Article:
Newspaper Page Text
El Paso, Texas,
December 23, 1910-16 Pages
El Paso's Eapid Growth
Official United States Census
Population 1910 39,279
Population 1900 15,906
Population 1890. 10,338
ndHKSi Kaii v Mw - ymiM Bf- """" " ' !
Holds Up Passengers in Observation Oar and Escapes,
in the Darkness in the Local Yards Before Train
Leaves the 'City Conductor Unaware That
Train Is Visited Until It Is All Over.
(By X. M. "Walker. Herald Staff Man).
Sanderson, Texas, Dec. 23. The Sun
set Limited, east bound, was held up
as it was leaving the Stanton street
station Thursday night.
Single handed and without a ma.
a bandit held up the passengers in the
ODServauon car, mi xji x vxw.o
one getting $110 and a round trip
ticket to San Antonio from R- S. B. "Wash-
ington, of El Paso; 20 in money, a let-
ter of credit for $250, and a ticket to
Houston from T. F. Homacher, of the
Two Republics Life 'Xnsunance com
Dr. "William Keiller, of Galveston,
was held up, but refused to come across
and was unmolested.
Percy McGhee, jr., boarded the train
at the Stanton -street station and fol
lowed the holdup artist tnrough the
car. "When he realized his position he
beat it back to the Pullman.
Brakeman F. "W. King, on the rear of
the observation car, was -covered by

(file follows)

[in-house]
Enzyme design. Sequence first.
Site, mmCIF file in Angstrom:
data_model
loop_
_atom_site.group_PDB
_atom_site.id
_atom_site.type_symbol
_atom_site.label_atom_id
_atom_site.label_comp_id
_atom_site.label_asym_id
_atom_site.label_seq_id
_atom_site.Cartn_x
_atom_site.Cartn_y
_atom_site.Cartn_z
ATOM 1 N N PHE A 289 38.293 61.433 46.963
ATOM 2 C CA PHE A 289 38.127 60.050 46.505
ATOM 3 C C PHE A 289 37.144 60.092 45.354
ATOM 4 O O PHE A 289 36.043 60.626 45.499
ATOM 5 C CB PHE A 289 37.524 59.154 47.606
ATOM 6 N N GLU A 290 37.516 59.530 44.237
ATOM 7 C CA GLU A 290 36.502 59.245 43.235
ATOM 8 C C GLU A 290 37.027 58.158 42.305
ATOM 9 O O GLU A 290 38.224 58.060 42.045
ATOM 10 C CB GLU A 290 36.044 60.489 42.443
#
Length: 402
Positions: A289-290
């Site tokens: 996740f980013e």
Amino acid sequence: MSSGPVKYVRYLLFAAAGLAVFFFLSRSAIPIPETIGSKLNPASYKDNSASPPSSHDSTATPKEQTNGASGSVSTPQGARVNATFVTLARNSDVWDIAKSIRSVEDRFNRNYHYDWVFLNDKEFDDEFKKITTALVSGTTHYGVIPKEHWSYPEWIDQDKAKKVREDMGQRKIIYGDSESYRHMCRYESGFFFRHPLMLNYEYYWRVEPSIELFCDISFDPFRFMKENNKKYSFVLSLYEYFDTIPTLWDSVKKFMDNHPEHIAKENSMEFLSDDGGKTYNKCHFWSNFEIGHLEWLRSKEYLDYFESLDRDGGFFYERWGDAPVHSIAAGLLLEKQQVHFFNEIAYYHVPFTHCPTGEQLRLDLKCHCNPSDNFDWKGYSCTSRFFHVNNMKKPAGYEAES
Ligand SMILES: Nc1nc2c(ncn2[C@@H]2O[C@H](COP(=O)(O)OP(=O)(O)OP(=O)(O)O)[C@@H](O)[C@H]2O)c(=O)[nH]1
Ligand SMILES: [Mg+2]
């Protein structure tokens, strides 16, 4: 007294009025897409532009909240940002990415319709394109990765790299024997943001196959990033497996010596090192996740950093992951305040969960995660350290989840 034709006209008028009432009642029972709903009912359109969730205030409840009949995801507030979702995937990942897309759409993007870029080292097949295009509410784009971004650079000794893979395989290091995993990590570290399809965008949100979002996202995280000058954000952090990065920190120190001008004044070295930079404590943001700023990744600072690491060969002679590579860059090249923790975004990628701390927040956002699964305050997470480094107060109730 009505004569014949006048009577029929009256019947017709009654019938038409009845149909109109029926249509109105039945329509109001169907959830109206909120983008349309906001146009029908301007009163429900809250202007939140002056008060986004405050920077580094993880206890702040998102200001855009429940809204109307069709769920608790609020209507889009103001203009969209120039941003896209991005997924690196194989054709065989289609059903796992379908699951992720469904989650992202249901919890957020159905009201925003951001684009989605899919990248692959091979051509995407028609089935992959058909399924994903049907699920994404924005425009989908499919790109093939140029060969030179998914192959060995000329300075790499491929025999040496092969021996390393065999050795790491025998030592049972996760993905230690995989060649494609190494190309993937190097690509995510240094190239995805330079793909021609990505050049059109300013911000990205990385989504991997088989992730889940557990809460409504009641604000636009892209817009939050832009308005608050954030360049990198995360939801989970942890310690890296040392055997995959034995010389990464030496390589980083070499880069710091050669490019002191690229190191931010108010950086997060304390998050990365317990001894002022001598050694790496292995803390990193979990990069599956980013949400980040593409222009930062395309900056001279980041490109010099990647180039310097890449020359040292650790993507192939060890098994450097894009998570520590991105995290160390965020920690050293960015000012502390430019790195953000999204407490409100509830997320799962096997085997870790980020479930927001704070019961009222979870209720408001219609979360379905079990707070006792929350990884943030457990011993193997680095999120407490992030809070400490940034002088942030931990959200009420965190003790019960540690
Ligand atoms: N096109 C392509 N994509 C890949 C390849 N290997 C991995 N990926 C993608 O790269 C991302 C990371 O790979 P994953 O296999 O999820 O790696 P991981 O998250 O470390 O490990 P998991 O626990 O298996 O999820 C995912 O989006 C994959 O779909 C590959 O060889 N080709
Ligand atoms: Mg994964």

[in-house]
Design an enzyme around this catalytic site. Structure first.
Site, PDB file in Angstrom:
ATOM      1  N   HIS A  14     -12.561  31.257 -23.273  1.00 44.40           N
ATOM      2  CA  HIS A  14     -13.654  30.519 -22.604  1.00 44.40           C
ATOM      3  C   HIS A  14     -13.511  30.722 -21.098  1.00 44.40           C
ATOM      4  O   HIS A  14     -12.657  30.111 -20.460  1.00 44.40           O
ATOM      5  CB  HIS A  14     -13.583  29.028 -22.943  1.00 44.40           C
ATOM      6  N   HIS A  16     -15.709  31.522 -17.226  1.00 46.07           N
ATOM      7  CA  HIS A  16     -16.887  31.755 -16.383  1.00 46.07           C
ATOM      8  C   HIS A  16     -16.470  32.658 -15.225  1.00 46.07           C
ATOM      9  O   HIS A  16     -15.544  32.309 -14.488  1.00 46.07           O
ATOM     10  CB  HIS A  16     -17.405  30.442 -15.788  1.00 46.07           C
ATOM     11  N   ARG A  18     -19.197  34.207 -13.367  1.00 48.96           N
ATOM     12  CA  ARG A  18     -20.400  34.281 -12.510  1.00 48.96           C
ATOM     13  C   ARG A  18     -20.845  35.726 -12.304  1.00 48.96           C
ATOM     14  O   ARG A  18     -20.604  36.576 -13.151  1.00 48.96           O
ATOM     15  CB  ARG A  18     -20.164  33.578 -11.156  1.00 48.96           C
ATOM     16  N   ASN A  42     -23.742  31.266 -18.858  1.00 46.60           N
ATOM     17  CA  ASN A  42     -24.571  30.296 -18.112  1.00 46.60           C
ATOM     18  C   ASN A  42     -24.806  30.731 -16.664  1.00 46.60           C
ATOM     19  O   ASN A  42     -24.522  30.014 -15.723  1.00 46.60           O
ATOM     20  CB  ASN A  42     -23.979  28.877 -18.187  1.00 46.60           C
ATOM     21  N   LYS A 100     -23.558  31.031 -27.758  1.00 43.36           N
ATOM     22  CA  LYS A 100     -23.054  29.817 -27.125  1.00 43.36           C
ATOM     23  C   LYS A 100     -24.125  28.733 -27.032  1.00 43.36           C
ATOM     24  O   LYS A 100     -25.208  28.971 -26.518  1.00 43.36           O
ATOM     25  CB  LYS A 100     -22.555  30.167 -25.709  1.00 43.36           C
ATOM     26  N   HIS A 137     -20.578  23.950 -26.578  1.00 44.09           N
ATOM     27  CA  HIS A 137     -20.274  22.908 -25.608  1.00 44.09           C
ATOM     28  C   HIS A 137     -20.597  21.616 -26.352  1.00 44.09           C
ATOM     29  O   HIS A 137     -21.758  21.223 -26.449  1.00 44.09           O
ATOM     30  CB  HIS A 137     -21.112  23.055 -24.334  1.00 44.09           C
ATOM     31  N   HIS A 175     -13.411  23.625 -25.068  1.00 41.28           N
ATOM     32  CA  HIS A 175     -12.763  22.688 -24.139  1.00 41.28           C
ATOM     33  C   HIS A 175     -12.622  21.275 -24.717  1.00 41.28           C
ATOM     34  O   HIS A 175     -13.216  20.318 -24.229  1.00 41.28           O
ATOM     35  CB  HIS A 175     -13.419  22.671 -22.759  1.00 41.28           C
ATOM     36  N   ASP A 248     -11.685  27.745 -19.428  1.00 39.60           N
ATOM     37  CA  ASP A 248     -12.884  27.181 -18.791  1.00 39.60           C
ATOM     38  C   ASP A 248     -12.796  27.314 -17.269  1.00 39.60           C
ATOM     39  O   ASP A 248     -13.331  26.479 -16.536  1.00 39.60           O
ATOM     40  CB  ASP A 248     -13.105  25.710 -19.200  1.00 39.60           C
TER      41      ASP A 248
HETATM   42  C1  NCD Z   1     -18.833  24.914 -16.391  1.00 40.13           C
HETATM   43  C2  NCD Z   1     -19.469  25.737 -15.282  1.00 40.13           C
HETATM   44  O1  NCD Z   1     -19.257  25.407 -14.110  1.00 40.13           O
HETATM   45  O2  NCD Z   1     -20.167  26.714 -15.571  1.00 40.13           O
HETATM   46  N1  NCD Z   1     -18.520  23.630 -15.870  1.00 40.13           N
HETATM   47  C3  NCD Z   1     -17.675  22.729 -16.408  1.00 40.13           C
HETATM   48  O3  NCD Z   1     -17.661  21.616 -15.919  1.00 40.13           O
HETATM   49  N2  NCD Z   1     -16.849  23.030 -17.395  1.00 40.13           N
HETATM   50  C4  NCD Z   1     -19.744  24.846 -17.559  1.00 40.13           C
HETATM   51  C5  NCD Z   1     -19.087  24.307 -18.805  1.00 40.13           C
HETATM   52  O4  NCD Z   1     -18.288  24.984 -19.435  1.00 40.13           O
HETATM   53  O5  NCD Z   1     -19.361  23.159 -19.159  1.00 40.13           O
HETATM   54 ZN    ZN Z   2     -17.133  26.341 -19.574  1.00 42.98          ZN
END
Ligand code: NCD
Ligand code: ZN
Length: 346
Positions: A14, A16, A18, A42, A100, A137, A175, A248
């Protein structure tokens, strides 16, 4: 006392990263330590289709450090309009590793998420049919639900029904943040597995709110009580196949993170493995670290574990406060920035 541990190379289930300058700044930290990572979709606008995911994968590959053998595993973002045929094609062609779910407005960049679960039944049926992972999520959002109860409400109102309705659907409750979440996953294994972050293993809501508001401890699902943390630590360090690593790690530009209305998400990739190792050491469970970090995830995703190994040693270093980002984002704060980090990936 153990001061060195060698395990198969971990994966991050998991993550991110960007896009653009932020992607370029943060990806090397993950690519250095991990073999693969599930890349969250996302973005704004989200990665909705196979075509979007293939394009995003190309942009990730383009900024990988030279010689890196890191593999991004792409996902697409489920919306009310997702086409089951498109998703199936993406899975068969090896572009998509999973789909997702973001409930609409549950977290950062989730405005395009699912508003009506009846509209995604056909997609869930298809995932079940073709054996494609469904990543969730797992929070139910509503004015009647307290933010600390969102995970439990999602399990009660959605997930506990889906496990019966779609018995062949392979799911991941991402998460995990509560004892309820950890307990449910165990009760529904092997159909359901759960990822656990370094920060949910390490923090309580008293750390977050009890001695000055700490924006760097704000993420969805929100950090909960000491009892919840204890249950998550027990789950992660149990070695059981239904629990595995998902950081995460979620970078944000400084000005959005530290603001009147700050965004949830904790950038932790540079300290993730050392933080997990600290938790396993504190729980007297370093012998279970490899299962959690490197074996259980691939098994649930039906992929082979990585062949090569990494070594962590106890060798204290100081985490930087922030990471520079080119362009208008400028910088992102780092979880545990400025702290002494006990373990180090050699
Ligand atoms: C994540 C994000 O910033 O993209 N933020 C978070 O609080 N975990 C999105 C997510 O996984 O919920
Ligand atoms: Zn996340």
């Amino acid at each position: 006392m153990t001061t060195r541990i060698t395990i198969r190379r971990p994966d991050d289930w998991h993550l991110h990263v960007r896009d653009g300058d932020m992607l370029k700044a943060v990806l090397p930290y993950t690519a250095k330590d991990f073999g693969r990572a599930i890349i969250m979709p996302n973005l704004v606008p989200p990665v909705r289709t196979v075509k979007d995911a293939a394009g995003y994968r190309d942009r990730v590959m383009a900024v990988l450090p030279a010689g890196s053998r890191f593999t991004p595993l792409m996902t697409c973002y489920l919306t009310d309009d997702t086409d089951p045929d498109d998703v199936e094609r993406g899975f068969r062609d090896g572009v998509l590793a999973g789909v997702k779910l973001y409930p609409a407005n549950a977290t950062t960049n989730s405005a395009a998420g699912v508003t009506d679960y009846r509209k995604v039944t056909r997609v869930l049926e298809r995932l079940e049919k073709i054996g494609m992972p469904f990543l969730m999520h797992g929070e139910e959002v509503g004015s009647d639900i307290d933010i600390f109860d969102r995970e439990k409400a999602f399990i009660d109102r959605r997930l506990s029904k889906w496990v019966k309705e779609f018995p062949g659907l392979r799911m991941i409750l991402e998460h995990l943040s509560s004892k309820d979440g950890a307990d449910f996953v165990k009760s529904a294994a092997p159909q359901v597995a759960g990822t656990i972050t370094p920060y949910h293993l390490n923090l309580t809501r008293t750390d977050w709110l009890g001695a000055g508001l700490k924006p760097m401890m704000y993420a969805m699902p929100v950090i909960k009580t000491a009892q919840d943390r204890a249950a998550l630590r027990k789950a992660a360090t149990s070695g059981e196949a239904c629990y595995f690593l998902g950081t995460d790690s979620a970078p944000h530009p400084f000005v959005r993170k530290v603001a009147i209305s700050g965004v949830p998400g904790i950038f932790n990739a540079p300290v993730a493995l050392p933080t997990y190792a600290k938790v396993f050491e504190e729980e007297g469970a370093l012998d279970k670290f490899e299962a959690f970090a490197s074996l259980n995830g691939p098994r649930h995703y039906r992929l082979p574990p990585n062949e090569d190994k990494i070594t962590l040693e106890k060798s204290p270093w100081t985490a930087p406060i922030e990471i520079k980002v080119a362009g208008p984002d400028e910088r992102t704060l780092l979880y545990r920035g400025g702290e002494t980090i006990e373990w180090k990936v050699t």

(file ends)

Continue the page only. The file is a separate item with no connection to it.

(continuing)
the man behind the" guns and made to
6top the train opposite the G. H.
roundhouse, where the man escaped
into the darkness. He was described
by passengers as of medium height,
smooth faced, about 23, tanned, with
dark eyes; height about five feet 10
inches, and wore a slouch hat, brown
overcoat and overalls over another suit.
He boarded the train at the union
station and started operations before
the train left Stanton street staion.
"Washington and Hamocher were in
the smoker compartment when covered
"hy two guns. The robber took their
purees with their money and tickets.
Dr Keiller laughed at ..he Duy rob
ber and told rnim to shoot, as his life
was Insured. He passed the doctor up.
Porter "William Thompson was made
to go in advance and hold his cap for
the reception of the cash.
Brakeman King said he had no
money and needed his watch. Swear
ing at him ths train robber forced lilm
at the point of a gun to pull the cord to
stop the train. The excitement on the
train was thick enough to slice. "Women
crawled into berths and bid their
jnonev in their baggage and bedding.
Conductor G. "W. Seamandson the tram
knew nothing of it until after the train
THE STORY AS REPORTED
TO RAILROAD OFFICIALS
& H- train Xo. 10, bound lor San jAri
toni'o. was held np near Kansas street
jsfcortly after 8 oclock Thursday night
by a robber who used two pistols and
forced two passengers, R- S. B. "Wash
ington, and D. F. Homacher, to give
up cash. "
Then he "held up the negro porter, J.